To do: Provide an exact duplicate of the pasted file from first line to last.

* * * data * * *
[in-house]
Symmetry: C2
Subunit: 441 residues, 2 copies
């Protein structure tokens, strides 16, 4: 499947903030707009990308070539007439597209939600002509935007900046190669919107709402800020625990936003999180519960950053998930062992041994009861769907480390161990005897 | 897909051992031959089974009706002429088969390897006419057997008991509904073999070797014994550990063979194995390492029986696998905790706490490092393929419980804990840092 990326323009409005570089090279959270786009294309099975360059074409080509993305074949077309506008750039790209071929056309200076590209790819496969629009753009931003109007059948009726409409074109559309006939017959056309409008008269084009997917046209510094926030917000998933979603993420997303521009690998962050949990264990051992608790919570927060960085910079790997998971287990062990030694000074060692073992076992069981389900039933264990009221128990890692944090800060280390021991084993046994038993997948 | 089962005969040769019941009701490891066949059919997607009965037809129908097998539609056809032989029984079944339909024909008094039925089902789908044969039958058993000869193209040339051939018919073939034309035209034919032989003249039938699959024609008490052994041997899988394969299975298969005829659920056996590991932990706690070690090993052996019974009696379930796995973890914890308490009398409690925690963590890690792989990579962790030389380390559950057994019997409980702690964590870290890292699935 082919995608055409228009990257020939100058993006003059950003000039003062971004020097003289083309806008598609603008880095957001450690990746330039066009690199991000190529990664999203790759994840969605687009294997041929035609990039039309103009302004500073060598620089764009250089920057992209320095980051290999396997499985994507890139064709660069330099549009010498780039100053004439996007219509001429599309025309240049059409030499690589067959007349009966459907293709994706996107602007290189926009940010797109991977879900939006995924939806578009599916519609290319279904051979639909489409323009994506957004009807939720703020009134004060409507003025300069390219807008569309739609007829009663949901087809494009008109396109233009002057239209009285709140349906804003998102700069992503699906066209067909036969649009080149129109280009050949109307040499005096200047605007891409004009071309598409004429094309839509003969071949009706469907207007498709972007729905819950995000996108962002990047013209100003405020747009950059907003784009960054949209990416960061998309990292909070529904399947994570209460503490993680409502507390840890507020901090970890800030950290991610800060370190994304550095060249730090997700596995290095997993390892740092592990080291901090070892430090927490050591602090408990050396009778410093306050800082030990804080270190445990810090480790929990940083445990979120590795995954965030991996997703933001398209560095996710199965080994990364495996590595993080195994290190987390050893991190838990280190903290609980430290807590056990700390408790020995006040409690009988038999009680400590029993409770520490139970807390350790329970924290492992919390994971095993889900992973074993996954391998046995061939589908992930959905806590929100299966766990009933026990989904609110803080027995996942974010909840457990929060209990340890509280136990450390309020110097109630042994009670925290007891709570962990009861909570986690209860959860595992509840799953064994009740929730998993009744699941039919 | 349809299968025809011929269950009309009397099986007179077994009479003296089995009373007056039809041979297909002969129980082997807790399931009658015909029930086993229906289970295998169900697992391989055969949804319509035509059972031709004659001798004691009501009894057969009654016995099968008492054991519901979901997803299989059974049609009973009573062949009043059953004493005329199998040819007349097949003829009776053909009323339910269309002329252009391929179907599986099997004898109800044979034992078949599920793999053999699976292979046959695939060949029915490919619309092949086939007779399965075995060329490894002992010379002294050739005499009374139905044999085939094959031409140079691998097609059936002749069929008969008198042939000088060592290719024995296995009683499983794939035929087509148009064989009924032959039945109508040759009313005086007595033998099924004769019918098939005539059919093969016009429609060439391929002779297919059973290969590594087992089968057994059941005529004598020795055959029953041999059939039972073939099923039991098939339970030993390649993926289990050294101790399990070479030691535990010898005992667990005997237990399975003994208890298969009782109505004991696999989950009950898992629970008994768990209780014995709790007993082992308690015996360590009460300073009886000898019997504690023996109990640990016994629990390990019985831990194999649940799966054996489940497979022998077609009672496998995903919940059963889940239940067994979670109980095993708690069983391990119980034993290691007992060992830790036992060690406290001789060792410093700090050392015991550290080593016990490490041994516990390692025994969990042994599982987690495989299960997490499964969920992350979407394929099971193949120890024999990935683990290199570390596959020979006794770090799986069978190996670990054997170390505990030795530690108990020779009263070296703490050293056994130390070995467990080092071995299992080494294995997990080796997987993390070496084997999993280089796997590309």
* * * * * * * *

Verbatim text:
[in-house]
Symmetry: C2
Subunit: 441 residues, 2 copies
């Protein structure tokens, strides 16, 4: 499947903030707009990308070539007439597209939600002509935007900046190669919107709402800020625990936003999180519960950053998930062992041994009861769907480390161990005897 | 897909051992031959089974009706002429088969390897006419057997008991509904073999070797014994550990063979194995390492029986696998905790706490490092393929419980804990840092 990326323009409005570089090279959270786009294309099975360059074409080509993305074949077309506008750039790209071929056309200076590209790819496969629009753009931003109007059948009726409409074109559309006939017959056309409008008269084009997917046209510094926030917000998933979603993420997303521009690998962050949990264990051992608790919570927060960085910079790997998971287990062990030694000074060692073992076992069981389900039933264990009221128990890692944090800060280390021991084993046994038993997948 | 089962005969040769019941009701490891066949059919997607009965037809129908097998539609056809032989029984079944339909024909008094039925089902789908044969039958058993000869193209040339051939018919073939034309035209034919032989003249039938699959024609008490052994041997899988394969299975298969005829659920056996590991932990706690070690090993052996019974009696379930796995973890914890308490009398409690925690963590890690792989990579962790030389380390559950057994019997409980702690964590870290890292699935 082919995608055409228009990257020939100058993006003059950003000039003062971004020097003289083309806008598609603008880095957001450690990746330039066009690199991000190529990664999203790759994840969605687009294997041929035609990039039309103009302004500073060598620089764009250089920057992209320095980051290999396997499985994507890139064709660069330099549009010498780039100053004439996007219509001429599309025309240049059409030499690589067959007349009966459907293709994706996107602007290189926009940010797109991977879900939006995924939806578009599916519609290319279904051979639909489409323009994506957004009807939720703020009134004060409507003025300069390219807008569309739609007829009663949901087809494009008109396109233009002057239209009285709140349906804003998102700069992503699906066209067909036969649009080149129109280009050949109307040499005096200047605007891409004009071309598409004429094309839509003969071949009706469907207007498709972007729905819950995000996108962002990047013209100003405020747009950059907003784009960054949209990416960061998309990292909070529904399947994570209460503490993680409502507390840890507020901090970890800030950290991610800060370190994304550095060249730090997700596995290095997993390892740092592990080291901090070892430090927490050591602090408990050396009778410093306050800082030990804080270190445990810090480790929990940083445990979120590795995954965030991996997703933001398209560095996710199965080994990364495996590595993080195994290190987390050893991190838990280190903290609980430290807590056990700390408790020995006040409690009988038999009680400590029993409770520490139970807390350790329970924290492992919390994971095993889900992973074993996954391998046995061939589908992930959905806590929100299966766990009933026990989904609110803080027995996942974010909840457990929060209990340890509280136990450390309020110097109630042994009670925290007891709570962990009861909570986690209860959860595992509840799953064994009740929730998993009744699941039919 | 349809299968025809011929269950009309009397099986007179077994009479003296089995009373007056039809041979297909002969129980082997807790399931009658015909029930086993229906289970295998169900697992391989055969949804319509035509059972031709004659001798004691009501009894057969009654016995099968008492054991519901979901997803299989059974049609009973009573062949009043059953004493005329199998040819007349097949003829009776053909009323339910269309002329252009391929179907599986099997004898109800044979034992078949599920793999053999699976292979046959695939060949029915490919619309092949086939007779399965075995060329490894002992010379002294050739005499009374139905044999085939094959031409140079691998097609059936002749069929008969008198042939000088060592290719024995296995009683499983794939035929087509148009064989009924032959039945109508040759009313005086007595033998099924004769019918098939005539059919093969016009429609060439391929002779297919059973290969590594087992089968057994059941005529004598020795055959029953041999059939039972073939099923039991098939339970030993390649993926289990050294101790399990070479030691535990010898005992667990005997237990399975003994208890298969009782109505004991696999989950009950898992629970008994768990209780014995709790007993082992308690015996360590009460300073009886000898019997504690023996109990640990016994629990390990019985831990194999649940799966054996489940497979022998077609009672496998995903919940059963889940239940067994979670109980095993708690069983391990119980034993290691007992060992830790036992060690406290001789060792410093700090050392015991550290080593016990490490041994516990390692025994969990042994599982987690495989299960997490499964969920992350979407394929099971193949120890024999990935683990290199570390596959020979006794770090799986069978190996670990054997170390505990030795530690108990020779009263070296703490050293056994130390070995467990080092071995299992080494294995997990080796997987993390070496084997999993280089796997590309």